Seattle-based Spaceflight says an Israeli team aiming to be the first to land a privately funded robot on the surface of the moon is a primary customer for its 2017 Falcon 9 rocket launch.

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An Israeli team aiming to be the first to land a privately funded robot on the surface of the moon has booked a ticket with Seattle-based Spaceflight to launch its unmanned vehicle in 2017.

SpaceIL, an Israeli nonprofit set up to compete in Google’s $30 million Lunar XPRIZE competition, will be the co-lead customer on a Spaceflight mission that will ride a SpaceX Falcon 9 rocket into orbit.

The SpaceIL robotic spacecraft, about the size of a dishwasher, will sit in a designated capsule atop the launch rocket.

Spaceflight has bought the entire launch from SpaceX and will fill the rocket with a cluster of more than 20 secondary payloads, mostly satellites.

Once the capsule separates from the launch rocket and enters orbit, it will automatically release the SpaceIL robot, which will continue to the moon.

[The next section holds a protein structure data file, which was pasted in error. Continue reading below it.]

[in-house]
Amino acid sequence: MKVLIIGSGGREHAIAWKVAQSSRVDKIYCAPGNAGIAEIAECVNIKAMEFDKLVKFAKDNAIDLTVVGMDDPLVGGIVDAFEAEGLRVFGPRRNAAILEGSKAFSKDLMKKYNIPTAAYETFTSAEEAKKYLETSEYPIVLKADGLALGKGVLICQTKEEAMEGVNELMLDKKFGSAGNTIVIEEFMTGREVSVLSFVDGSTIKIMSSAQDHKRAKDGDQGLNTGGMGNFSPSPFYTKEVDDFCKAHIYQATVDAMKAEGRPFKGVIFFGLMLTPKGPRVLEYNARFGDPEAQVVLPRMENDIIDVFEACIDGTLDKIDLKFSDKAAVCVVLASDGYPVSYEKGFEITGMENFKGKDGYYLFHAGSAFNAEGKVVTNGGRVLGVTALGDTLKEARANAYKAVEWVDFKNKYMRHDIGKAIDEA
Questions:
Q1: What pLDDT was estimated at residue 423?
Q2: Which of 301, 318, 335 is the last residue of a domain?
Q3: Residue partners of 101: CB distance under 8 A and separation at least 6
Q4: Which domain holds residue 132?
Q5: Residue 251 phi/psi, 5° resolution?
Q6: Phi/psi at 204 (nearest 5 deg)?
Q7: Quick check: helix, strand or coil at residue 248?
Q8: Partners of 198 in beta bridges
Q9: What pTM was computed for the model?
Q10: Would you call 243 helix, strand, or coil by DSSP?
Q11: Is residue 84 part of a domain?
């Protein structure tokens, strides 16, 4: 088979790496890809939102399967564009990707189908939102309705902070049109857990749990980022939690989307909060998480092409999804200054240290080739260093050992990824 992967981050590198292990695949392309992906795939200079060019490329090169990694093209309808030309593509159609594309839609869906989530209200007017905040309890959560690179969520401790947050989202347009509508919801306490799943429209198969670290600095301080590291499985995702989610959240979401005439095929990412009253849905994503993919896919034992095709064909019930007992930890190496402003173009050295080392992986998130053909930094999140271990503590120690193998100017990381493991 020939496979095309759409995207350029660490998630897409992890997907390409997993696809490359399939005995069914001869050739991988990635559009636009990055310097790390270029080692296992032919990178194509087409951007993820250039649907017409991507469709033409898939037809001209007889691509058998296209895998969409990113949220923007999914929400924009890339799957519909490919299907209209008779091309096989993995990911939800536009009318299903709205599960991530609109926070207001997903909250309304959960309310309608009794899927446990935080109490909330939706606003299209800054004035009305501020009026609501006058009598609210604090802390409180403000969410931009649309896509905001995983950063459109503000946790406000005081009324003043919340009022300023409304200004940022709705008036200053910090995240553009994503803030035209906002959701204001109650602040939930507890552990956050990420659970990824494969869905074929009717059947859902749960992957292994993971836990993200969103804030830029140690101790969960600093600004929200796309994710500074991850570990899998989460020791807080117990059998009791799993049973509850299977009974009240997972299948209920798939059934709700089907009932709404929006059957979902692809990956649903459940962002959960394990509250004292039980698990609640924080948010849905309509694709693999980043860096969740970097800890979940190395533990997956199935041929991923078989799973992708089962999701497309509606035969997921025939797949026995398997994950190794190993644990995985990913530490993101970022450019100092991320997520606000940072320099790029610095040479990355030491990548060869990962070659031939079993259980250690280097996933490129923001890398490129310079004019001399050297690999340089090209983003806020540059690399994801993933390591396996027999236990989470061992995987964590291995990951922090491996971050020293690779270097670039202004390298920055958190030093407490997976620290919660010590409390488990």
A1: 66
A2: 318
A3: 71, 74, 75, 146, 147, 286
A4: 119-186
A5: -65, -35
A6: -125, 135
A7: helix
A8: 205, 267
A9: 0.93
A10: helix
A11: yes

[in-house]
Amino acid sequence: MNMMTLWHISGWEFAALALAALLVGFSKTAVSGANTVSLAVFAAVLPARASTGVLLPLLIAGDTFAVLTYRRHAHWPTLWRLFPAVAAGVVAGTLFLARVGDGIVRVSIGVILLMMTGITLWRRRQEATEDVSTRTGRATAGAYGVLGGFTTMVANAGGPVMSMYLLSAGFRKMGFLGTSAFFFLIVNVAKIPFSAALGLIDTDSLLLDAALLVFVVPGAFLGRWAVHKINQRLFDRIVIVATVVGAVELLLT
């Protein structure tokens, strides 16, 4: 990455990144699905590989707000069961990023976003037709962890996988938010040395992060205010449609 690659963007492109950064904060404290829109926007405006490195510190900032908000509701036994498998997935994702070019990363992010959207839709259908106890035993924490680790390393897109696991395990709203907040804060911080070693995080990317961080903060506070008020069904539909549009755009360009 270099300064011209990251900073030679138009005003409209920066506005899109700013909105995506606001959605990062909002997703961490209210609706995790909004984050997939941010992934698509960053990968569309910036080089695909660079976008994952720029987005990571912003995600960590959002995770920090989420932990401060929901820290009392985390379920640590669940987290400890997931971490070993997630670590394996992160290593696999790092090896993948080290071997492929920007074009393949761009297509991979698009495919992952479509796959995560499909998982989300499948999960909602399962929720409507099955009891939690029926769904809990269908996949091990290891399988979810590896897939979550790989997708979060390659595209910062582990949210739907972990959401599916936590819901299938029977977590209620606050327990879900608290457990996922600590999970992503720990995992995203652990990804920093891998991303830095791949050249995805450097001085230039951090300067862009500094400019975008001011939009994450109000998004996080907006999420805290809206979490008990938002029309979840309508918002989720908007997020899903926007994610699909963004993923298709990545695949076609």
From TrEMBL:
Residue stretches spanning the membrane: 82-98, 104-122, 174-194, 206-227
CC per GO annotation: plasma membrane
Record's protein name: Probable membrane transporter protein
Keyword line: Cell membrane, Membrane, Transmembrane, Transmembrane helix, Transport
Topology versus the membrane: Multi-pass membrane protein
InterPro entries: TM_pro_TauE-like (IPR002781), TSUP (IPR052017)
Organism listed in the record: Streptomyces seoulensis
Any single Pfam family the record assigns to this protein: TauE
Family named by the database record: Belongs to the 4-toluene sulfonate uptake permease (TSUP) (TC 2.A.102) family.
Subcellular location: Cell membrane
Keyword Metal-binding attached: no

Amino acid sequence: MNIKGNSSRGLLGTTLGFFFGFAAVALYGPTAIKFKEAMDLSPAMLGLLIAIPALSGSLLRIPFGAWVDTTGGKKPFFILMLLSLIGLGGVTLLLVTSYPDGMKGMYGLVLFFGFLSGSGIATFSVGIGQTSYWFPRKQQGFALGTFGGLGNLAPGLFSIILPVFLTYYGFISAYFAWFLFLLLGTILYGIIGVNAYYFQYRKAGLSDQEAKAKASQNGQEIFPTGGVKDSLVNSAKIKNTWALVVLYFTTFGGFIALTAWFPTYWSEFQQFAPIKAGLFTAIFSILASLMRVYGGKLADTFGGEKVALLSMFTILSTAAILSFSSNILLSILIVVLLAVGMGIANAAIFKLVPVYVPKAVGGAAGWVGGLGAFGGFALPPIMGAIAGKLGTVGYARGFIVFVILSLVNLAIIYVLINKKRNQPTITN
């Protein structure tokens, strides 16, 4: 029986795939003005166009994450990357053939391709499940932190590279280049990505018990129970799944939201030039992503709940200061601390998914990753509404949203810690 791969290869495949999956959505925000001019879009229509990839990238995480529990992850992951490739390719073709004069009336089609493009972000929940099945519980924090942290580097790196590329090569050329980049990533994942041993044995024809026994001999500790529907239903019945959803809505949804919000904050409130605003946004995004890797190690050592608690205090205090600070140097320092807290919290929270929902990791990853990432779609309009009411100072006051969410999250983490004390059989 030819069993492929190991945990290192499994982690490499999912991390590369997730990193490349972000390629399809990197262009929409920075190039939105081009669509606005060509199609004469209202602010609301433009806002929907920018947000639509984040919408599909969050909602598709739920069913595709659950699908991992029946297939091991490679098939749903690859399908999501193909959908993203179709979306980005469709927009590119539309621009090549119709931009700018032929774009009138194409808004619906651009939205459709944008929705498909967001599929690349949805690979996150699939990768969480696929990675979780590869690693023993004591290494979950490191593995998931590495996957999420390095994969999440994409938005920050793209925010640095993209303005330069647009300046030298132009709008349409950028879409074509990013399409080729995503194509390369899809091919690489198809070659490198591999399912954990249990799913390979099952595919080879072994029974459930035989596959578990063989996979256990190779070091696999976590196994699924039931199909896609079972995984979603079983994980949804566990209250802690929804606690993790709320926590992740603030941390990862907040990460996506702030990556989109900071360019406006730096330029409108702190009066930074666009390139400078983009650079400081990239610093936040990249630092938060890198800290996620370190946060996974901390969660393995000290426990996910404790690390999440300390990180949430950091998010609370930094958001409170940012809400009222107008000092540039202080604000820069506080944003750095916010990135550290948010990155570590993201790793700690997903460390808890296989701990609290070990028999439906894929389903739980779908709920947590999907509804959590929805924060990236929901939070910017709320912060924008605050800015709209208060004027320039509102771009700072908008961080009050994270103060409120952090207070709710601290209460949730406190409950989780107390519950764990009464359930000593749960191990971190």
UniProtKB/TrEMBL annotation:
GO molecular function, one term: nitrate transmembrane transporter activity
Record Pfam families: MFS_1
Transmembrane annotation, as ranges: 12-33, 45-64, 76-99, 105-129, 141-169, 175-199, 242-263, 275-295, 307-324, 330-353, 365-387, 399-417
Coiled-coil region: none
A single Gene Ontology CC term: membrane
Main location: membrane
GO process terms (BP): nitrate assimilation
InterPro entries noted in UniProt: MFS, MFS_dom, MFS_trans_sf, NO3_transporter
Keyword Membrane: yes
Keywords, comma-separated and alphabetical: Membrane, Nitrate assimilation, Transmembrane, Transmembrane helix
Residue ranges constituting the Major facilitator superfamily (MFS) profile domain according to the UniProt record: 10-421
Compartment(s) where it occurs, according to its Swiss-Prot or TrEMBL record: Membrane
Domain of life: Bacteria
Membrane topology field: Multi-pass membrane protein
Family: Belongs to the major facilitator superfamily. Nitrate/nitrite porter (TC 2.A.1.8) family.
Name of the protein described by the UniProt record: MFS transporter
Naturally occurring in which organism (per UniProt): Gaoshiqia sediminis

It will use navigation sensors to guide it to the lunar surface, with engineers in a mission control room sending commands and corrections as needed.

To win the Lunar XPRIZE, a competitor must place an unmanned spacecraft on the moon’s surface, explore at least 500 meters from the landing site, and transmit high-definition video back to Earth, before the mission deadline of Dec. 31, 2017.

So far 16 teams have said they will go for the $30 million prize.

While other teams are planning some kind of roving robot that trundles across the lunar surface, SpaceIL has designed a spacecraft that will hop. The idea is that sometime after the initial landing it will take off again with the fuel left in its propulsion system, then land again 500 meters away.

Earlier this month, a rival team, San Francisco-based Moon Express, announced a contract with startup space company Rocket Lab to launch three robotic spacecraft to the moon in 2017.

One of the co-founders of Moon Express is Naveen Jain, who founded Bellevue-based Internet companies InfoSpace and Intelius. InfoSpace crashed when the dot-com bubble burst, spurring allegations of deception and multiple lawsuits, which Jain eventually settled.